Another nail in the coffin . . .

It is not widely reported that the Picturehouse chain is sacking (via redundancy) its projectionists with the exception of the Central venue in London and their facility at the Bradford Media Museum. The latter is restricted by the contract between Picturehouse and the Museum.

Quite a few of the Picturehouse venues, including York’s City Screen, have 35mm and/or 70mm projection. Presumably these will be standing idle from now on. It is sad to see the chain, which had a slightly more varied programme than the multiplexes, joining the rush to downsize the cinema industry. The University of Warwick have a research project into this issue: they estimate 90% of the qualified technical staff in exhibition have already been given the push.

I heard about this by word of mouth. There is little reporting on the issue, even on the internet. The Little Bit Ritzy in Brixton and the Hackney Picturehouse venues both have webpages on this.

Inevitably 35mm and 70mm projection is going to reduce further. And do not believe the hype about digital standards. In Britain nearly all DCPs are 2K or even of lower quality. So far this year I have seen more 35mm prints than I have seen 4K DCPs. To achieve the standard of 35mm requires between 7K and 12K (estimates vary).

Moreover digital projection is not just about pressing buttons. The justification of Cineworld, who now own Picturehouse, is that the industry has moved over to digital. They should learn from their own experience. I tried to watch a Hindi-language film at the Bradford Cineworld. The title was in 2.35:1 but the drapes there were set to 1.85:1! it took three complaints and 30 minutes before the manager (who controlled the technical side) rectified the error.

The cinema in Leeds Light (built for the South African Ster-Kinekor chain known in the UK as ‘Ster Century’) has/had masking for different ratios but since it was taken over by Vue this facility is never used. And the illumination during features varies from quite low to exceedingly bright depending on which auditorium one is in. When I complained regarding the light level that made low-key scenes impenetrable the manager claimed this was the standard level.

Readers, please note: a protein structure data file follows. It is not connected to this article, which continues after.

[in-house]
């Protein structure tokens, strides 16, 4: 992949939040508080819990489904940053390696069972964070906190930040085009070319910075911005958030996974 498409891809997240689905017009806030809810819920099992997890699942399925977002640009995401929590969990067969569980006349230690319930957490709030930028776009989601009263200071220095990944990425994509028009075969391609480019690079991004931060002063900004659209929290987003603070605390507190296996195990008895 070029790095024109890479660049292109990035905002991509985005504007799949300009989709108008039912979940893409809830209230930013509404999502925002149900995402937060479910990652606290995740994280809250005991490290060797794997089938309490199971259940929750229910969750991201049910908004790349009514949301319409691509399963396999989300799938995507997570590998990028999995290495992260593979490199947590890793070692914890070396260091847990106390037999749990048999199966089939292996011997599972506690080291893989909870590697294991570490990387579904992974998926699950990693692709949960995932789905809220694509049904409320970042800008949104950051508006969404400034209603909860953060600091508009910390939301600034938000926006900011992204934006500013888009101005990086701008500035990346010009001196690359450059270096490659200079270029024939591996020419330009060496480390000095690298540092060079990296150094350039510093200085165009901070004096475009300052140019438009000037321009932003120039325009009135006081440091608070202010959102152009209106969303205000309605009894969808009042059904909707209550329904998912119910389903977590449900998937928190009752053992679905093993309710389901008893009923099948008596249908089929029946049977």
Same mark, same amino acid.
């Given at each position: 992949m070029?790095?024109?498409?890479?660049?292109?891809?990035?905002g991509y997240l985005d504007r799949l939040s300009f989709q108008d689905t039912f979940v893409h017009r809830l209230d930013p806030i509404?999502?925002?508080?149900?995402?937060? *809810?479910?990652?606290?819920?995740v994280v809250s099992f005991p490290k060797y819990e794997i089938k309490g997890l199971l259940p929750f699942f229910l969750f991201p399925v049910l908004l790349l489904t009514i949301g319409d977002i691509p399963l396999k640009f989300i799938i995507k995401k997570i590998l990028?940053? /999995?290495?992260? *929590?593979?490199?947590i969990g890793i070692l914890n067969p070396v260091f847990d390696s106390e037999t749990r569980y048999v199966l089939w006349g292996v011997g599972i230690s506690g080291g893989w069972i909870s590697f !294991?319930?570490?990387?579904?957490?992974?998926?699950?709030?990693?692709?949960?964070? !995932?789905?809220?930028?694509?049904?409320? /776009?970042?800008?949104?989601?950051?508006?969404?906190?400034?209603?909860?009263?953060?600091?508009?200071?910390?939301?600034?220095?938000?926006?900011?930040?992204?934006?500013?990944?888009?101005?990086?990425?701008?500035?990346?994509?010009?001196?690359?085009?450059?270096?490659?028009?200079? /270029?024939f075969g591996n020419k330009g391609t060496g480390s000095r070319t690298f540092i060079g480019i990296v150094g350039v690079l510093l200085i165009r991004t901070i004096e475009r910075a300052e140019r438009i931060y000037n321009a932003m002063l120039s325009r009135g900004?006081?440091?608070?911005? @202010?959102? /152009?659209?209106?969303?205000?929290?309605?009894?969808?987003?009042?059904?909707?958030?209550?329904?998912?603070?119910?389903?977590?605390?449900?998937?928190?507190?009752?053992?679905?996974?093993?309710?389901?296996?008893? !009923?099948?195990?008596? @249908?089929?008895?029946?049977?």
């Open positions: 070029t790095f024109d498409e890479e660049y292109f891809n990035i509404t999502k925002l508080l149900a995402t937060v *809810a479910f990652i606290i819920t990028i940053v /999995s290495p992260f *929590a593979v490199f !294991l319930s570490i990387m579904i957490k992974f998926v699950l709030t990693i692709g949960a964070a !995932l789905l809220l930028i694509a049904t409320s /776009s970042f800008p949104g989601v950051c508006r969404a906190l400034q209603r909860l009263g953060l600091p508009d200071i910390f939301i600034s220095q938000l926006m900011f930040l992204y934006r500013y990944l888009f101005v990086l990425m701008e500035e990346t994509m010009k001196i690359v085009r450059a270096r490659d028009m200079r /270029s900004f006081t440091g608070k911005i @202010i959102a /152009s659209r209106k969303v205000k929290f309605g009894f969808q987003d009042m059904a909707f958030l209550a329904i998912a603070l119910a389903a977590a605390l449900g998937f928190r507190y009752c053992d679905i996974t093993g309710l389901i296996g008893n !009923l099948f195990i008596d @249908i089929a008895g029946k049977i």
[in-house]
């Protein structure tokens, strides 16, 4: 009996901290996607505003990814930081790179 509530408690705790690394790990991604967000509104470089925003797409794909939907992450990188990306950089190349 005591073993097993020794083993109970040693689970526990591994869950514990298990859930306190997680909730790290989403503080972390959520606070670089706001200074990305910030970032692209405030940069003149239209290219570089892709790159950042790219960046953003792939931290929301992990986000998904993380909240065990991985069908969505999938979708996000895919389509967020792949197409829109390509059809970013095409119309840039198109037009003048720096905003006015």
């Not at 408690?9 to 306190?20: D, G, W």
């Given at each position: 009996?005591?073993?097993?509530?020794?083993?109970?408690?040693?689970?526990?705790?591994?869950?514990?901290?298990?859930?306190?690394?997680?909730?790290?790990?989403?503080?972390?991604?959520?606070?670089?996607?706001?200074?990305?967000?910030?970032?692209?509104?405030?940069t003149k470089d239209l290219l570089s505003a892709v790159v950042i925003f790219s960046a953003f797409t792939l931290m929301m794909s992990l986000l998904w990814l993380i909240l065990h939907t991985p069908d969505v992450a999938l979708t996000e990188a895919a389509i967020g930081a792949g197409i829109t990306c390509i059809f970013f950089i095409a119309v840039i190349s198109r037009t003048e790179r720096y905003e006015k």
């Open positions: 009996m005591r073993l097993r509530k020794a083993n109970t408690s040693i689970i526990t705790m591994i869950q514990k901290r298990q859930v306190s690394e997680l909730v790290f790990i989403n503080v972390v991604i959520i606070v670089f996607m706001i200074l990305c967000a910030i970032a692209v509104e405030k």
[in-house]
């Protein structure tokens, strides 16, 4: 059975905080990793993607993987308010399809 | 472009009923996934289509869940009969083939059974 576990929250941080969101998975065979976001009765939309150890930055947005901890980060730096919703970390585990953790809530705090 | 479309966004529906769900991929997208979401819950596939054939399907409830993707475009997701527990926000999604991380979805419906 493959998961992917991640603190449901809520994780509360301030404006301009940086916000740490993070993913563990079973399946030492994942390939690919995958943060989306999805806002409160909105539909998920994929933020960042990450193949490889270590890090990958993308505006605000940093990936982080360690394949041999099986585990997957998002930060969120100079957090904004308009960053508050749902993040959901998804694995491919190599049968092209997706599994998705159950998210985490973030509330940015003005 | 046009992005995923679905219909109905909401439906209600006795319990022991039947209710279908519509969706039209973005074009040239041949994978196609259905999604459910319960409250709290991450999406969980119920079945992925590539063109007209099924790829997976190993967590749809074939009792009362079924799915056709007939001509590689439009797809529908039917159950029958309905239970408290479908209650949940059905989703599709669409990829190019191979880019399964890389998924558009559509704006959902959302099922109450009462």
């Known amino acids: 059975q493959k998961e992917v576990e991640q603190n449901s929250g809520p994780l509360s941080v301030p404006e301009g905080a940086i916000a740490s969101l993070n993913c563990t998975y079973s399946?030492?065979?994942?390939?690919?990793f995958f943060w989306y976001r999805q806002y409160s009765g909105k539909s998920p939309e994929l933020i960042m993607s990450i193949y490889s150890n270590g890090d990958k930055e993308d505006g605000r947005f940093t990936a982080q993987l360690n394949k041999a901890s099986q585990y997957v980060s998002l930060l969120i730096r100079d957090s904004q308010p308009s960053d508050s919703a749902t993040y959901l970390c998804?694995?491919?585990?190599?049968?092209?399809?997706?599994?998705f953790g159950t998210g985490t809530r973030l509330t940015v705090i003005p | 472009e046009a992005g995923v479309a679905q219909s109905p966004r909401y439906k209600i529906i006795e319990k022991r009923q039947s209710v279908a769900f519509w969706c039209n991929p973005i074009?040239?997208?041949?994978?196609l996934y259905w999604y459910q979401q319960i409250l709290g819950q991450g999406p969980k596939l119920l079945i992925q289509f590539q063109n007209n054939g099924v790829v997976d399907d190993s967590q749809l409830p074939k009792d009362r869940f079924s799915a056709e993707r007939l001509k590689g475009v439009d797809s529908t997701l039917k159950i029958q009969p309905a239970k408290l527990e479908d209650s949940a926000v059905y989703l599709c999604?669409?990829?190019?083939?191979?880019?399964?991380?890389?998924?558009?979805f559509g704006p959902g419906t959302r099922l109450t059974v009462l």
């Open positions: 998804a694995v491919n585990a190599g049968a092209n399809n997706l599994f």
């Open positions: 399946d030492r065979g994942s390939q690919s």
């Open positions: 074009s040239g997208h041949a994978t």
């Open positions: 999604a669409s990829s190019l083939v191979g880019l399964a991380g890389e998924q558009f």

Cineworld have already had strikes over low wages at Picturehouse venues this year. It seems that at least at some of the outlets there are protests about the issue. But the deafening silence on the issue means that (probably) most members or customers are unaware of what is happening.

The lost art …


  1. Roy Stafford

    Picturehouses are also the cause for concern re their new venture in West Norwood, South London where they are planning to open a cinema with Lambeth Council and apparently trying to persuade the council to accept what could be bad practice re building/planning regulations. Lambeth Council is also a ‘London Living Wage’ supporter – and Picturehouses has got a bad record on paying Living Wage rates. In Lewisham it looks like the council are going to partner Curzon because of the employment issues at Picturehouses. All this is discussed on the Brixton Blog.


  2. John Hall

    Shameful. Thanks for spreading the word. The Curzon chain in London and elsewhere is just as bad. All has been surrendered to the profit motive.


  3. keith1942

    Roy’s comments are to the point. When Cineworld bought Picturehouse, as I remember, there were some assurances regarding the autonomy and running of the chain. These are presumably are unenforceable.
    As for profits, that is the rationale of such companies. What is of concern is the short-termism of the company policy. Essentially, for corporations, cinema exhibition is the ‘front page’ of their operations; exhibition box office still affects sales and rentals in other formats. But I wonder if that is a long-term strategy. We are getting new screens but increasingly they seem less like cinemas and more like video lounges. The deterioration in projection provision seems part of a change that will make cinema as a public space either redundant or as specialist as staged opera.
    And the BFI strategy seems, as usual, to limp along behind. Much of their annual provision goes into production, and many of the titles never actually see the inside of a cinema. We do need a strategy to defend and retain independent exhibition.


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